© robyn-mackenzie-dreamstime.com Analysis | July 24, 2014
Seems that everybody wants a piece of the German EMS market
Growth in the recent years within the electronics industry has been predominantly related to a series of new products and applications primarily stemming from the communication, consumer, industrial, information technology, medical and transportation electronic segments.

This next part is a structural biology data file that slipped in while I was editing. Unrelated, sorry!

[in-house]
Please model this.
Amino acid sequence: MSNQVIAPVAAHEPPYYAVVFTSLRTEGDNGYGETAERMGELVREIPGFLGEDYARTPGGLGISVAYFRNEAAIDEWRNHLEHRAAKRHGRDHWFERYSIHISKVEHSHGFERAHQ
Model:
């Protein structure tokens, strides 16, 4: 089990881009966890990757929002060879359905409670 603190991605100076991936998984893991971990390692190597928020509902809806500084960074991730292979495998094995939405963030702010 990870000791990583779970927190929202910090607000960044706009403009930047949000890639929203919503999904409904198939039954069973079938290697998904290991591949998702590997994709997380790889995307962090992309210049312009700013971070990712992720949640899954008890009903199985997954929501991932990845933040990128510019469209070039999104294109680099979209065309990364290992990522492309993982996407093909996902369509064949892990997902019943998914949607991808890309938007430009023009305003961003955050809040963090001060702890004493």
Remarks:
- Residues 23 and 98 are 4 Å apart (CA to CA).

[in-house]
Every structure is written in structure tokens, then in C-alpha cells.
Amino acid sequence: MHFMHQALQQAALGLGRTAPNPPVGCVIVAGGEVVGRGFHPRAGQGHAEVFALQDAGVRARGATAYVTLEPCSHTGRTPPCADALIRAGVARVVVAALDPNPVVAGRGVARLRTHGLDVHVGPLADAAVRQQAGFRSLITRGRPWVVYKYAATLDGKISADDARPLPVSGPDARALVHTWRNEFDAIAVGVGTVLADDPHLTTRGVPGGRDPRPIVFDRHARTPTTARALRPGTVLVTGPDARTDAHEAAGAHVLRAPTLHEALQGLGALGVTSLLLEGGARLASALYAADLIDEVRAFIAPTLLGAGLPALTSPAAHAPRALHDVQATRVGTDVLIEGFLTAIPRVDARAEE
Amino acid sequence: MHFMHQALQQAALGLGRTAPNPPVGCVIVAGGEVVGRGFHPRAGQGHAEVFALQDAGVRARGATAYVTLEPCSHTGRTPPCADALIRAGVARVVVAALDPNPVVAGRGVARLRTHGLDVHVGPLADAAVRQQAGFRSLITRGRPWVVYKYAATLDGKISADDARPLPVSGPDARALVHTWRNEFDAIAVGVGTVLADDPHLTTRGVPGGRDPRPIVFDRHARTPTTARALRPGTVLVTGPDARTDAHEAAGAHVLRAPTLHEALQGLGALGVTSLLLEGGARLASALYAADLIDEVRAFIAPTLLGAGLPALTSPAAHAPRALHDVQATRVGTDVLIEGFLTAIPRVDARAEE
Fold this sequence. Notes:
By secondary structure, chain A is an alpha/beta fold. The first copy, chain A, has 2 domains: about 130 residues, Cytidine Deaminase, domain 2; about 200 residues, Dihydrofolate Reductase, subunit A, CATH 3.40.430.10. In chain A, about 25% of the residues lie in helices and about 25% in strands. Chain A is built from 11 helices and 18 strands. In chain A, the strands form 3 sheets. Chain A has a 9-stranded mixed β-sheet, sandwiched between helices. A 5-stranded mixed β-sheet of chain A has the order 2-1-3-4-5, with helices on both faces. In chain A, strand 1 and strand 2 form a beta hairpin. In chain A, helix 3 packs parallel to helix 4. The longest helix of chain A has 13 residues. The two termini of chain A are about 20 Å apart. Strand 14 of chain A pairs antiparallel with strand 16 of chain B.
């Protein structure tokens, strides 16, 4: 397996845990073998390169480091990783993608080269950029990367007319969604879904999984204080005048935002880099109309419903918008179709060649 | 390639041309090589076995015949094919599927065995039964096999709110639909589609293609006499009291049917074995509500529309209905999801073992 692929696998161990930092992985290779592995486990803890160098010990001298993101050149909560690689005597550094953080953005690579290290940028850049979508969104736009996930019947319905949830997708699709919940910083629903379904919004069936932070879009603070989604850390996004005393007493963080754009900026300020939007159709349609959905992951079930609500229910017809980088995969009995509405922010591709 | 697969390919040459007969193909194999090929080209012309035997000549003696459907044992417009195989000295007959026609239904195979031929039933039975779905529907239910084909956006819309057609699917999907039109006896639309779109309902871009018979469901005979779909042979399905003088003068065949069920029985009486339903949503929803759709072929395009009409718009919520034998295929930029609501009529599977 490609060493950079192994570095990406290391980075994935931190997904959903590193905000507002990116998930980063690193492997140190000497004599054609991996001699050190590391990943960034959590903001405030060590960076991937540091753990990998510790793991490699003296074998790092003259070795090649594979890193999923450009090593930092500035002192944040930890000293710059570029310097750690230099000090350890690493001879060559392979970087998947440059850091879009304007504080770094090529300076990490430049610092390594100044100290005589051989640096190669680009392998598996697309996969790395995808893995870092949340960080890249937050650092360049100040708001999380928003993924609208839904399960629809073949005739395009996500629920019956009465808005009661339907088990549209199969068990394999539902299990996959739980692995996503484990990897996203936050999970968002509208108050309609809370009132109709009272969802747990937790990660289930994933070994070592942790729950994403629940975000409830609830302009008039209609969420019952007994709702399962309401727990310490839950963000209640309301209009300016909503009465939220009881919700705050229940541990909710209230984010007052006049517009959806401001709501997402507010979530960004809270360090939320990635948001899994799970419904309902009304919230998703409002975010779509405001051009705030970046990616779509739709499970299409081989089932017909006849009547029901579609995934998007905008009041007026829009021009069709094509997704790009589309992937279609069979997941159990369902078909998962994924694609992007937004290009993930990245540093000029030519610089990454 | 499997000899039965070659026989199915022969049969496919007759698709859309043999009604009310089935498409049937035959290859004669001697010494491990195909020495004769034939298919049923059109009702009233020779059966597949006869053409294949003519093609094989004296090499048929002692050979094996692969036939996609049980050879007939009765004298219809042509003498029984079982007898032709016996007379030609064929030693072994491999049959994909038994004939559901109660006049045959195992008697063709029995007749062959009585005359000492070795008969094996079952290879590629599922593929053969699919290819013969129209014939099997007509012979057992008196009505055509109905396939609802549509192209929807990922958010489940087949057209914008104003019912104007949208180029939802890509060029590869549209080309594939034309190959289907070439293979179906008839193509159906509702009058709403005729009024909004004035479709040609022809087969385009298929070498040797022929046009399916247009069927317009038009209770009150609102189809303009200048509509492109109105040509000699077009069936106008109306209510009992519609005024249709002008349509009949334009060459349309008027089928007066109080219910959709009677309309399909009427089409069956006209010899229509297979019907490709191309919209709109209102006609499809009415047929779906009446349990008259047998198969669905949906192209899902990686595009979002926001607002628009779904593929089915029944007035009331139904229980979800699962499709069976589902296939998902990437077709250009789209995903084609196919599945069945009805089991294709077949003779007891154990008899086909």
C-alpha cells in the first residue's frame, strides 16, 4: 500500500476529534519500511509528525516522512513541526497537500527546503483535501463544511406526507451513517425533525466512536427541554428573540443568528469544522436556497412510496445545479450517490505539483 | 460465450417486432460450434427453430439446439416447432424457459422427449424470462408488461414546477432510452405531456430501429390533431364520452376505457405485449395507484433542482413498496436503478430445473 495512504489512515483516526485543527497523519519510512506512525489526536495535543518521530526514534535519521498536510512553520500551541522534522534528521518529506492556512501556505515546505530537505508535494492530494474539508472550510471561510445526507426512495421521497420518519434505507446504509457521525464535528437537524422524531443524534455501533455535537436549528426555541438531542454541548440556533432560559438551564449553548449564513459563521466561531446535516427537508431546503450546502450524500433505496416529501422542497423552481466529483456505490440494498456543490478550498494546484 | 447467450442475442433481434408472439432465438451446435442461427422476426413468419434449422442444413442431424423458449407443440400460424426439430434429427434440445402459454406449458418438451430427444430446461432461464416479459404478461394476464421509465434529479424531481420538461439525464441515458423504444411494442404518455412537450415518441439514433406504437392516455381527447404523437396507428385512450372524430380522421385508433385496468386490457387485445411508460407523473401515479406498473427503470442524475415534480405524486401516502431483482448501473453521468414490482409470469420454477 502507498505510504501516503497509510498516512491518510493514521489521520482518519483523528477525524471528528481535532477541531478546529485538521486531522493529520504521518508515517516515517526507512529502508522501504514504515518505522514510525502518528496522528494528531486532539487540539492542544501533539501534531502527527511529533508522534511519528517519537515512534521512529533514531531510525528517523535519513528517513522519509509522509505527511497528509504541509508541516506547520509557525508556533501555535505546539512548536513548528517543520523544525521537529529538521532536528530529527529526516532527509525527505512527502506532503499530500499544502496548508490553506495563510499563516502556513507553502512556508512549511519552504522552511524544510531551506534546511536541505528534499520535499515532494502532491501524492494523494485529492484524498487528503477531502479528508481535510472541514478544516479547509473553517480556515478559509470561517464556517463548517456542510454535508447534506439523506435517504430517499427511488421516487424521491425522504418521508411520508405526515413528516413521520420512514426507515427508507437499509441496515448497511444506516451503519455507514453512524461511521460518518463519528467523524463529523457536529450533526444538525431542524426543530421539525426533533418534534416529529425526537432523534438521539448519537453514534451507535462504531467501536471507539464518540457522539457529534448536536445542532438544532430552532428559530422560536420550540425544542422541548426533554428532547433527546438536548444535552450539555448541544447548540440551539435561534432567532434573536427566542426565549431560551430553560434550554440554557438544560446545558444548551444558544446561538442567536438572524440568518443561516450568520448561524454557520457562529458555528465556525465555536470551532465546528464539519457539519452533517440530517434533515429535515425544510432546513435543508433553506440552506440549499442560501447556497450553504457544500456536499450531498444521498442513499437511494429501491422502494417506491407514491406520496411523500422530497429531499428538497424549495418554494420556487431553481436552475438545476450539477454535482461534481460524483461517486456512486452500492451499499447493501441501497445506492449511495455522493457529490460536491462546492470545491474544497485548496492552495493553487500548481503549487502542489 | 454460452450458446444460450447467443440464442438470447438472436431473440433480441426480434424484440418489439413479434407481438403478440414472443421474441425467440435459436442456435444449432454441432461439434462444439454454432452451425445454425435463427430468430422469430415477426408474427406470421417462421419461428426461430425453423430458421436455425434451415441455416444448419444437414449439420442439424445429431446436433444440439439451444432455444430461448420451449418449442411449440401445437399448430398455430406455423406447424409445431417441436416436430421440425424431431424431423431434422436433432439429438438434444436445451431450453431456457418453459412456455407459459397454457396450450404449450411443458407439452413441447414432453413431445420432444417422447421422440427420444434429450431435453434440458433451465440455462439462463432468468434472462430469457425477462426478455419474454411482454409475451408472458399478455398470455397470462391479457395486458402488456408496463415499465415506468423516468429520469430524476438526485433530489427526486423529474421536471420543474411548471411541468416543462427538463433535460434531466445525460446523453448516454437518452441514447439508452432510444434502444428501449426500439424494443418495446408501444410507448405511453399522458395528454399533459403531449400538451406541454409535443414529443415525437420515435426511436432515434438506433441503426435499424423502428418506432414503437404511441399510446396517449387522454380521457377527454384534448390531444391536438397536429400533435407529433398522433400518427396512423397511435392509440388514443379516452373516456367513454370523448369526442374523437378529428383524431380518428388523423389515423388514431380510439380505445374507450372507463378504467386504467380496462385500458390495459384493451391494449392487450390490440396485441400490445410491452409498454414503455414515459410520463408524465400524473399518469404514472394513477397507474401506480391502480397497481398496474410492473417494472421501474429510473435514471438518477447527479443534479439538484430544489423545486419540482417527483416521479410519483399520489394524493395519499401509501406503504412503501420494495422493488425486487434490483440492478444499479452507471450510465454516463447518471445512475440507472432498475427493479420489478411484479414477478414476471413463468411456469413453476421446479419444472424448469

Naturally, this growth has trickled down to Electronics Manufacturing Services (EMS) providers that has lead them to adjust their operations by focusing on capturing and creating value by delivering innovation, reliable fulfilment and speed in an environmentally respectful manner. However, such organic growth and readjustments of business values is limited due to technological, organizational and geographic competencies. Thus, creating for market consolidation to take place. As mentioned in the last edition, market consolidation among EMS providers is taking place within the value chain whereby players are able to offer either a selection of services (engineering, assembly, box build, after sales, low volume/high mix, high volume/low mix) or the entire product life cycle spectrum. Additionally, value-added services such as logistics or warehousing are minor features attempting to differentiate oneself from the competition. Nonetheless, a fundamental element of nourishing the speed of growth is through geographic expansion into key markets. Inviting opportunities for EMS providers lie at the heart of Europe. Germany is not only home to the world’s largest automotive producers but consists of a relatively large industrial economy of mid-market businesses. More importantly Germany accounts for the largest electronics and EMS market in Europe holding a 30% market share. Given the size of the German EMS market and its growing opportunities, recent M&A activities signal a trend towards many International and European players trying to get their foot into the German market. The acquisition of BuS Elektronik by the Dutch Neways Electronics International that was exclusively executed by MP Corporate Finance on the buy-side is a perfect example displaying market entry into Germany. The strategic fit along with complementary service offerings and an extended customer portfolio are clear benefits for Neways. Other examples of market entry into Germany can be observed by Scanfil’s acquisition of Schaltex Systems and Selcom/4k Invest’s add-on of the Paderborn-based operations of Flextronics. Alternatively, for EMS players with a presence in Germany attempting to increase capacity with sustaining low levels of production cost can view CCS Group’s strategy to be effective, whereby merging with AKATech Group enables for production sites to be located in Slovakia, which is in close proximity to the DACH region. As a result, regardless of the strategy, M&A observations reveal that it is imperative for EMS players to attain a piece of the German EMS market in order to remain competitive.